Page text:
12. Data & Insight, Strategy & Planning, and Creative & Content Strategy sit at the heart of all of what we do. We also have specialist teams in Customer Experience Management including CRM/CVM, Technology & Project Management, Social & Influencer Marketing, Paid Media & Distribution, Labs & Creative Innovation and Production. These extensive capabilities have made us one of the UK’s most awarded agencies for insightful, data-led creativity. Our recent wins include a highly prestigious Silver Cannes Lions, D&AD Impact Award, Gold IPM Award, Data Storytelling Award, and Grand Prix at both the Digital Impact Awards and Social Buzz Awards. INTELLIGENT INFLUENCE Emotion is at the heart of decision making. People feel, then they do, then they think. So we create influential ideas and experiences that unlock the power of how people feel through a unique approach we call ‘Intelligent Influence’. Using insight and data, Intelligent Influence helps our clients create stronger and more meaningful long-term relationships with their consumers. INTERNATIONAL REACH We have an agency network in 25 countries worldwide through our partnership with Serviceplan Unlimited and work with some of the biggest brands in the world delivering campaigns with global relevancy. UNLIMITED THINKING We are part of the Unlimited Group, a group brand offer that can provide additional specialisms and expertise. Together, we can deliver Unlimited Thinking through our group agencies and provide fully integrated solutions. Covering the full spectrum of marketing communications, our focus is on intelligent insight, memorable creative and results that drive long term value for clients. Creating the world’s most influential ideas and experiences With three decades in the business, TMW Unlimited is the leading customer engagement agency in the UK today. 2017 Viewpoint Trend: Impact: Action.12 Next slide >< Previous
  13. CATEGORY NAME: CATEGORY NUMBER(S): CAMPAIGN NAME: BRAND: Let your print imagination run wild with innovation and insight Want to digitally print onto more surfaces? Or use 3D printing to rapidly create new parts or prototypes? With cost-effective solutions for one-off short runs, we’ll help you explore exciting new revenue opportunities in the manufacturing and industrial sectors. Come and see us in Hall 8a and find out how we can help you #UNLEASHPRINT. #UNLEASHPRINT 40697_CA_Drupa_Ads_330x240.indd 3 06/05/2016 15:58 Turn print possibilities into business opportunities Print should be about exploring bold ideas that will grow your business. It should be about experimenting with new techniques that will see you expand into new markets. Most importantly, it should be about saying ‘yes’ more often, to more of your customers. So if you want to #UNLEASHPRINT within your business, we have the expertise and forward-facing technology to help make it happen. Come and see us in Hall 8a and find out how we can help you #UNLEASHPRINT. #UNLEASHPRINT It’s time to 40697_CA_Drupa_DPS_330x480_V4.indd 1 09/05/2016 10:03 Direct mail Website: #UNLEASHPRINT hub page Online display: Banners Press ads BEST USE OF CREATIVE #UNLEASHPRINT 5 CANON CAMPAIGN NAME: BRAND: AGENCY: Social: Short videos #UNLEASHPRINT CANON 7 156) CRESTON UNLIMITED Magazine cover wrap PR activity Video campaign: #UNLEASHPRINT challenges Video content: Sales presenter CAMPAIGN NAME: BRAND: AGENCY: Social: Short videos #UNLEASHPRINT CANON 156) CRESTON UNLIMITED Magazine cover wrap PR activity Video campaign: #UNLEASHPRINT challenges Video content: Sales presenter Some recent work Client Canon Campaign #UNLEASHPRINT An impactful, fully integrated B2B campaign that celebrates the incredible potential of today’s print industry in order to engage and inspire Canon’s commercial print audiences. Driven by the knowledge that companies who rely on print for business are ‘survivors’ in a space that’s seen some tricky times, the campaign galvanises businesses to deliver even bolder ideas and new techniques using Canon printers. #UNLEASHPRINT was developed for social, experiential, online, press and out of home. Client Lynx Campaign Men In Progress To make Lynx relevant to young men in 2016 who want to present themselves well but aren’t concerned purely with the pursuit of girls, we created a digital campaign called ‘Men In Progress’. Featuring a series of nine short films seeded across social platforms, the campaign is designed to challenge perceptions of the modern man and reinstate the brand as a barometer of what it is to be a man living in the UK today. The beautifully shot, raw and authentic pieces of content feature dozens of guys talking candidly about a range of topics - from the last time they cried through to how they feel about their body and what masculinity means to them. 13 2017 Viewpoint Trend: Impact: Action. Next slide >< Previous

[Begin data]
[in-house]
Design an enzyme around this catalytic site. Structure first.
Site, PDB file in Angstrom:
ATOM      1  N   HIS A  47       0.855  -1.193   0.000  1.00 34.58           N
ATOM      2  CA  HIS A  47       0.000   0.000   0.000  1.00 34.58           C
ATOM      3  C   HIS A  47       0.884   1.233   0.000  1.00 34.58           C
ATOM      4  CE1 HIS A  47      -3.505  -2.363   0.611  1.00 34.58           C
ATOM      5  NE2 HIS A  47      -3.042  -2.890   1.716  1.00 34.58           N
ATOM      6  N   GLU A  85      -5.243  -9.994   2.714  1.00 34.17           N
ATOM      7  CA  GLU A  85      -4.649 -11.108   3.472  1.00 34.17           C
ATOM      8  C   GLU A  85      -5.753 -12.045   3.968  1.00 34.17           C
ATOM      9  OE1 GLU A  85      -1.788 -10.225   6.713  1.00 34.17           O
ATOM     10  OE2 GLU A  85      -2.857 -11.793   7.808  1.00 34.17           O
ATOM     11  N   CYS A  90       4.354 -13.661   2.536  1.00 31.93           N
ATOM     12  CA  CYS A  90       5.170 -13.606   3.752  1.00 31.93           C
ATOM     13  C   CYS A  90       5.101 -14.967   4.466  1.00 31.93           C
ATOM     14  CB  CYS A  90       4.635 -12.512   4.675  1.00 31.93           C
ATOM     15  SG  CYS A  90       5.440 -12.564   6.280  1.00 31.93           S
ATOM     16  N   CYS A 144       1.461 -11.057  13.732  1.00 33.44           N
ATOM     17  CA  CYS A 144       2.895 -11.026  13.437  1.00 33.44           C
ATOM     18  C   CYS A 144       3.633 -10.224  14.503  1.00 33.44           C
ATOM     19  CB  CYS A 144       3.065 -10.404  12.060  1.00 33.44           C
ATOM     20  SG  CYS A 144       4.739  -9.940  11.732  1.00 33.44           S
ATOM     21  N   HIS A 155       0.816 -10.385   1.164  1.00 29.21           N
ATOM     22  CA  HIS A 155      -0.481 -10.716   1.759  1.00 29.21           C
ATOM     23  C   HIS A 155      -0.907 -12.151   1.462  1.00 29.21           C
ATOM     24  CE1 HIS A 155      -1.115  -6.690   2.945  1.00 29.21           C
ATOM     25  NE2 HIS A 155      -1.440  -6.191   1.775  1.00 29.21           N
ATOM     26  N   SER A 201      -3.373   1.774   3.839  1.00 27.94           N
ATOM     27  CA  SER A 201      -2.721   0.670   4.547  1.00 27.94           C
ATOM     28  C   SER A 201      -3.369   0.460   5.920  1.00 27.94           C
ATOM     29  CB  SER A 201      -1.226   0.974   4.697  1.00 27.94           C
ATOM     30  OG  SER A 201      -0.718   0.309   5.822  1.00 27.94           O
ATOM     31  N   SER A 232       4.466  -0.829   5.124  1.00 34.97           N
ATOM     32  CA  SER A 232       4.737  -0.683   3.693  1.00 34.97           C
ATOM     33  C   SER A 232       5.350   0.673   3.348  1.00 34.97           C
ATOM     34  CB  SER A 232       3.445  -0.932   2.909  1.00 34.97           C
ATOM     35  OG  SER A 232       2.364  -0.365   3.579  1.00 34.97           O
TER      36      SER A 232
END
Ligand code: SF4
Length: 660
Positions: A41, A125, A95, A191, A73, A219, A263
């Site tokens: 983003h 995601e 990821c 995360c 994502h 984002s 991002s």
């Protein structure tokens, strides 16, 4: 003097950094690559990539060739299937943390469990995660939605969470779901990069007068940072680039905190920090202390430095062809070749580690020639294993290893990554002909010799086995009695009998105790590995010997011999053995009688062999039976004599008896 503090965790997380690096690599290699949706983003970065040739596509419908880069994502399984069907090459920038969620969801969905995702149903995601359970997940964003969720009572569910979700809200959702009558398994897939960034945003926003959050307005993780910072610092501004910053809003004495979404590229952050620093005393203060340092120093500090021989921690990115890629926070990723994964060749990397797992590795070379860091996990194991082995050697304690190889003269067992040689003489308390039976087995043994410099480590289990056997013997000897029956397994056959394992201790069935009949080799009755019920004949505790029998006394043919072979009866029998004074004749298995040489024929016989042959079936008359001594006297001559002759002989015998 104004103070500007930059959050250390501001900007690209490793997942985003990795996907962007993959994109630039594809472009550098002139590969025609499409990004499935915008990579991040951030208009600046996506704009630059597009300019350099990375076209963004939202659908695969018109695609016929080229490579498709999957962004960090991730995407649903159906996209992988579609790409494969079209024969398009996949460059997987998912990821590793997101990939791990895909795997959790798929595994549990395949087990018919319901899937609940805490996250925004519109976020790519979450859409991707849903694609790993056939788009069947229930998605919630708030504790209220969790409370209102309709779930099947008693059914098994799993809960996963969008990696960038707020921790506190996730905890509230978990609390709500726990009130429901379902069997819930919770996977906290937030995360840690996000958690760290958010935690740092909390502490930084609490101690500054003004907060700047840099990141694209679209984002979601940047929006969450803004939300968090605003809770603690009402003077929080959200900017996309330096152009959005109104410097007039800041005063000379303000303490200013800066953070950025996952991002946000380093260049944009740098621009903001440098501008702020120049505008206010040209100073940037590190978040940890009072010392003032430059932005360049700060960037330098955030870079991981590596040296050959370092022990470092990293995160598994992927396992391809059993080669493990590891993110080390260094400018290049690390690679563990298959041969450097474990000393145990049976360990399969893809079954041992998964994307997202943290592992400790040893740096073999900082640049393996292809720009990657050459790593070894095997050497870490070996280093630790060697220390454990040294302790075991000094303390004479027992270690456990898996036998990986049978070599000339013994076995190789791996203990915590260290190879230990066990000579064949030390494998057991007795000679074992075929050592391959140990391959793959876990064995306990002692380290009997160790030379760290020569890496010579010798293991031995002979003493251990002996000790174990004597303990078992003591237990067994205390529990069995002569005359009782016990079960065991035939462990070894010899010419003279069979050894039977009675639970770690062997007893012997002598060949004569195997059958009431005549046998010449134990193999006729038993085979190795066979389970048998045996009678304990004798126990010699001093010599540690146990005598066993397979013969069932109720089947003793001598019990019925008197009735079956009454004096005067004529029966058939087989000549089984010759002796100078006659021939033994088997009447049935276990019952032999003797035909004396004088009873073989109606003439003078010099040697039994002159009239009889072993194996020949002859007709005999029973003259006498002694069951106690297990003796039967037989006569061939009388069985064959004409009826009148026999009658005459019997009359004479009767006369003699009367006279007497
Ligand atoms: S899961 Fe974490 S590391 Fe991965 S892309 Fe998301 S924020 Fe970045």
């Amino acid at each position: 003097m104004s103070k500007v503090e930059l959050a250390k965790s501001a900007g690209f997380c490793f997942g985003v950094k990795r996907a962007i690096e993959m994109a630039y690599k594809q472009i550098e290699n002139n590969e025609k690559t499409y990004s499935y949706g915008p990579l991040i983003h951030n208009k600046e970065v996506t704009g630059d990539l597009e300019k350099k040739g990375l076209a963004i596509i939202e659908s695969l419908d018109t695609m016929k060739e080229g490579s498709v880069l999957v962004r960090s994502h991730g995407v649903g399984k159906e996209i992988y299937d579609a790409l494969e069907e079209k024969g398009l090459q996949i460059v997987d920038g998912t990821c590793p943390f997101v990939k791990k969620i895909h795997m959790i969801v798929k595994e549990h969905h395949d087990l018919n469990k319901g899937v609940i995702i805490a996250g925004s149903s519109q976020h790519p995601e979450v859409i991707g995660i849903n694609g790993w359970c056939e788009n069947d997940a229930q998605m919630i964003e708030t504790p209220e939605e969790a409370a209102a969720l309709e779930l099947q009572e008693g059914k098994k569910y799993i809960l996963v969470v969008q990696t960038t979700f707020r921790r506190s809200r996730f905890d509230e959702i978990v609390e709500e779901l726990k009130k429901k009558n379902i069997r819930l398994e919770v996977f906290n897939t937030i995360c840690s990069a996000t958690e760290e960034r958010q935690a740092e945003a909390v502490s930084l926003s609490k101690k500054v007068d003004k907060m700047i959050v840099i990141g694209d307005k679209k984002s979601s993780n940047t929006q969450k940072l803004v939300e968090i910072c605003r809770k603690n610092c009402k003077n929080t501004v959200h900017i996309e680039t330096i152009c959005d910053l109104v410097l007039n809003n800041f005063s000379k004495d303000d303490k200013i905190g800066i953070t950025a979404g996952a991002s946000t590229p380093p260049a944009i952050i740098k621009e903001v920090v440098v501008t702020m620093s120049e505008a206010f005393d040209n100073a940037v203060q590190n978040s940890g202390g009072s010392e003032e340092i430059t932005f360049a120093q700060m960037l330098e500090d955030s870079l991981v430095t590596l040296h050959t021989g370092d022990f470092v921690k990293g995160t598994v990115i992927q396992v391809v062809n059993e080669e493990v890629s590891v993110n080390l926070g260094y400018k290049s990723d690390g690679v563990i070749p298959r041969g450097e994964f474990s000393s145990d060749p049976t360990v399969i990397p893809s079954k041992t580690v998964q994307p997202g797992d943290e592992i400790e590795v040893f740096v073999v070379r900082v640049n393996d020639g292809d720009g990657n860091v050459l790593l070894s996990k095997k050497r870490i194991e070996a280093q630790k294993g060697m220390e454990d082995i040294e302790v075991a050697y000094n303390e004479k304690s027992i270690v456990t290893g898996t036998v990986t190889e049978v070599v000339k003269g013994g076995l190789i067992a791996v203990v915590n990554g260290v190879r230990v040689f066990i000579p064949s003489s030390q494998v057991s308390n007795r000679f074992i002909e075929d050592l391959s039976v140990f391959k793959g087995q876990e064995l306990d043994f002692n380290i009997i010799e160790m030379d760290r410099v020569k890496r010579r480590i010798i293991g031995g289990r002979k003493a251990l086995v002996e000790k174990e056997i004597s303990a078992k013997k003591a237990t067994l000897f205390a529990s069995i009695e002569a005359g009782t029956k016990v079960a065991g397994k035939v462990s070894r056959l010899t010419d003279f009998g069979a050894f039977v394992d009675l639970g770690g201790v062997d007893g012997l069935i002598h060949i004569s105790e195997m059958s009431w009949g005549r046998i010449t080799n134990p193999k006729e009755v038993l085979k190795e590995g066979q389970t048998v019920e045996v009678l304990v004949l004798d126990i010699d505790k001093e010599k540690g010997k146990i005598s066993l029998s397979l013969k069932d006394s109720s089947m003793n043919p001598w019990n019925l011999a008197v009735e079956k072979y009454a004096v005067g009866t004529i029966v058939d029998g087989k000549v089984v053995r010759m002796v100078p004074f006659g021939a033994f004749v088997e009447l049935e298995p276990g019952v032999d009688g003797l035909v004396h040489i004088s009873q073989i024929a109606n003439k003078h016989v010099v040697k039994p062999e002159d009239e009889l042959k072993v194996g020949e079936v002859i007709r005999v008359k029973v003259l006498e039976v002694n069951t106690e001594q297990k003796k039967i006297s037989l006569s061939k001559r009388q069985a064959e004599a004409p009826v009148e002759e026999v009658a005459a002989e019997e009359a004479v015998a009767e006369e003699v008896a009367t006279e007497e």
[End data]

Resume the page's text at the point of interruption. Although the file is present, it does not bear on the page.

14. To talk to us about our Viewpoint, or to get our opinion on a sticky brief you’re dealing with, contact Richard Marshall, our Group CEO. +44 (0)7802 814921 +44 (0)20 7349 4036 Contact < Previous